Computer Science Teacher
Computer Science Teacher - Thoughts and Information from Alfred Thompson

  • Computer Science Teacher - Thoughts and Information from Alfred Thompson

    Programming is for Girls

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    Fair warning: Some gross generalizations and exaggeration for emphasis follow. But some valid points I think.

    I wrote my first computer program over 35 years ago. There were more women in the field back then. Not as many as their were earlier in the history of computers though. Programming was a woman’s job. The excitement, the glory, the theoretically “hard part” was in the hardware. So was the money. Computer hardware cost a lot more than computer software. Even in the 1970s when one of my professors told me that one day people would spend more money on software than hardware I was not so sure he was right. But of course he was. Good thing for me and my career. But as the money moved into software women were pushed out of the field. This was not a good thing on many levels.

    When I was a student I went to a really conservative university – girls had curfews but boys didn’t. It was a long time ago. The boys tended to spend a lot of time “after hours” in the computer center working on their projects. And during hours as well. The girls not so much. They spent less time in the lab and somehow seemed to always get their projects in on time and to get good grades. In fact they got as good grades as the boys who seemed to live in the computer lab. Weird no? Perhaps not. Also in my first job out of college, mid-1970s, there were a lot of women writing code. Not quite as many as there were men but close. And the women were older, mostly married with kids and at the end of the day they easily left their work behind. And they met all their deadlines with a seaming ease that I sat in wonderment of. What was up with that? I have a theory of course. We, in the west at least, socialize women to plan and men to, well, not plan as much. Think about a high school prom. Planning for the boy means remembering to buy a ticket, perhaps organizing a Tux and showing up on time. For a girl, a whole lot more. Just the day of the prom there is scheduling when the hair is done, the nails, perhaps the makeup, where in the mix does one actually get dressed. And oh by the way she probably made sure the boy got the tickets and his tux.

    This post was inspired in part by an article from Stanford (Researcher reveals how “Computer Geeks” replaced “Computer Girls”) and there is a quote from Grace Hopper that I find most interesting

    As computer scientist Dr. Grace Hopper told a reporter, programming was “just like planning a dinner. You have to plan ahead and schedule everything so that it’s ready when you need it…. Women are ‘naturals’ at computer programming.”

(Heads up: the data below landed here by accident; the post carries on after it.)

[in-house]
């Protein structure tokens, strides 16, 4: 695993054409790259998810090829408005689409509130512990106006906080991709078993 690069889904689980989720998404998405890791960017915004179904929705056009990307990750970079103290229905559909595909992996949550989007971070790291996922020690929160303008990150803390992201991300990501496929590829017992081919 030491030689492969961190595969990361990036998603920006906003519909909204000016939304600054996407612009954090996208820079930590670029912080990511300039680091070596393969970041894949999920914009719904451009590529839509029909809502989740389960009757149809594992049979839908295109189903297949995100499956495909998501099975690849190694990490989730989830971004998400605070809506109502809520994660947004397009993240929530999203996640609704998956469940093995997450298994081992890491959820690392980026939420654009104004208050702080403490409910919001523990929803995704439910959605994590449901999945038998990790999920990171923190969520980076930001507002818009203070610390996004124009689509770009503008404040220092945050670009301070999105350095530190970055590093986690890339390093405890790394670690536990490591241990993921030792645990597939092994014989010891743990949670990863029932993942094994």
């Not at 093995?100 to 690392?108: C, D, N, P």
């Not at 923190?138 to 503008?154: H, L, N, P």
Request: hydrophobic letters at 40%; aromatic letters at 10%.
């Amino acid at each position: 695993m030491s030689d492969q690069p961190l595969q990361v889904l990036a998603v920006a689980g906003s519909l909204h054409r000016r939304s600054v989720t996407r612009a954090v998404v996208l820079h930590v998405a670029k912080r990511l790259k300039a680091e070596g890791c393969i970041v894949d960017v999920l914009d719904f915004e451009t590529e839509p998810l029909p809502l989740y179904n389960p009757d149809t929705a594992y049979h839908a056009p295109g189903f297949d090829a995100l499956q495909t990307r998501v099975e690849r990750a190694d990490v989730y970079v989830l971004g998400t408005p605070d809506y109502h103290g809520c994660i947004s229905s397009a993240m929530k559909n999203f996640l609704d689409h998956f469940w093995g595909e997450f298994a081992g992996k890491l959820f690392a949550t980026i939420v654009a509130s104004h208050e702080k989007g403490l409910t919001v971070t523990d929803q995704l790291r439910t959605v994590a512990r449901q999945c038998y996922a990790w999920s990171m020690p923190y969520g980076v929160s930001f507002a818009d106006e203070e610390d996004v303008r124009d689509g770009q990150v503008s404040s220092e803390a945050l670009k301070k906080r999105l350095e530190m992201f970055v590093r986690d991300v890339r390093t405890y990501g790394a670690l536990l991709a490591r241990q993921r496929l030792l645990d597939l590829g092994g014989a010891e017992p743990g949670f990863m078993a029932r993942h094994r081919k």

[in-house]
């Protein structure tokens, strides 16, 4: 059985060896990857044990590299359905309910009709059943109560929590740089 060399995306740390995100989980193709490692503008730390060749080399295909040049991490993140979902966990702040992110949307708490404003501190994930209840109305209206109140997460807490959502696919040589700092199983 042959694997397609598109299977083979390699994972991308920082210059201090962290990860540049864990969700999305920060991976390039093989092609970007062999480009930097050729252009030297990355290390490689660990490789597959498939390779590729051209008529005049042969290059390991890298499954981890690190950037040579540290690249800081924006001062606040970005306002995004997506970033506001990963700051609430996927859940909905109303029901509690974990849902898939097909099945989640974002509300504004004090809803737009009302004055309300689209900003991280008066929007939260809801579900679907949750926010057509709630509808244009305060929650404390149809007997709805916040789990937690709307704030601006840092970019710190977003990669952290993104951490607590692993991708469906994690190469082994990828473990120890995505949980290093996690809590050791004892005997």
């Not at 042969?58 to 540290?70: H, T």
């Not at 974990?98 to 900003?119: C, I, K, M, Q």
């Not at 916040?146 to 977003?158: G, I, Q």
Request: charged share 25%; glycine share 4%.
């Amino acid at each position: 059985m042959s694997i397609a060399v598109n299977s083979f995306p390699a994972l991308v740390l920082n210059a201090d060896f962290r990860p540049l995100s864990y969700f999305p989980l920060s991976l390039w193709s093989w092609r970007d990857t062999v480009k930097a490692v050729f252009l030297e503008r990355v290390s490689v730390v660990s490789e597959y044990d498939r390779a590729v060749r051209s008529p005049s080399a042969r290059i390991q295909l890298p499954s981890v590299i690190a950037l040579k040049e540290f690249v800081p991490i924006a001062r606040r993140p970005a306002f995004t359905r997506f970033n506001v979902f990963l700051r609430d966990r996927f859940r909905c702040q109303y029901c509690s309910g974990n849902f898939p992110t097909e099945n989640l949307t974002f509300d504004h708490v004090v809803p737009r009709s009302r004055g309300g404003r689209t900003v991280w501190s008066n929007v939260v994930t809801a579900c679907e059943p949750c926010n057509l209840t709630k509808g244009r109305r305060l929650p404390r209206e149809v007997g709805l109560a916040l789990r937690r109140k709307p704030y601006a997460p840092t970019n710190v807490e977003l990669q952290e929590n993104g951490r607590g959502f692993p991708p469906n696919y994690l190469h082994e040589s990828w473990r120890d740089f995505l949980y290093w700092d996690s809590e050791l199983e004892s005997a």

Naturals? Maybe or maybe not. But we do force women at an early age to plan. The women I went to college with and the women I have worked with in programming jobs were all planners. My wife was a professional programmer for a number of years. Her programs pretty much always worked the first time. She was not interested in debugging. She was interested in getting things to work the first time. And so it goes. When I was teaching I saw a lot of boys (not all but a lot) programming by the “ready, fire, aim” method. Start throwing code together, check it, fix it, check it, check what the result should be and fix some more. Bug? Throw in some code and see if it fixes the problem. Girls did not follow this pattern as often. Think things out, understand the problem, plan a solution, code. test, hand in and go on with their lives.

    Some days when I listen to debates about computer science vs. computer engineering I wonder if the solution is just to get more women back in the field? We are seeing tools that are designed to teach and interest, interest perhaps being the more important thing, young women in programming. The man who got Kodu rolling has a daughter as do several of his team. It is no accident that the graphics are girl friendly (while not turning young boys off either). Alice has been used, especially story telling Alice, with good results with girls. Young girls seem to love building robots with Pico Crickets among other tools. I have heard about a lot of middle school girls getting into programming through FIRST Lego league as well. The thing may be to not scare them away later.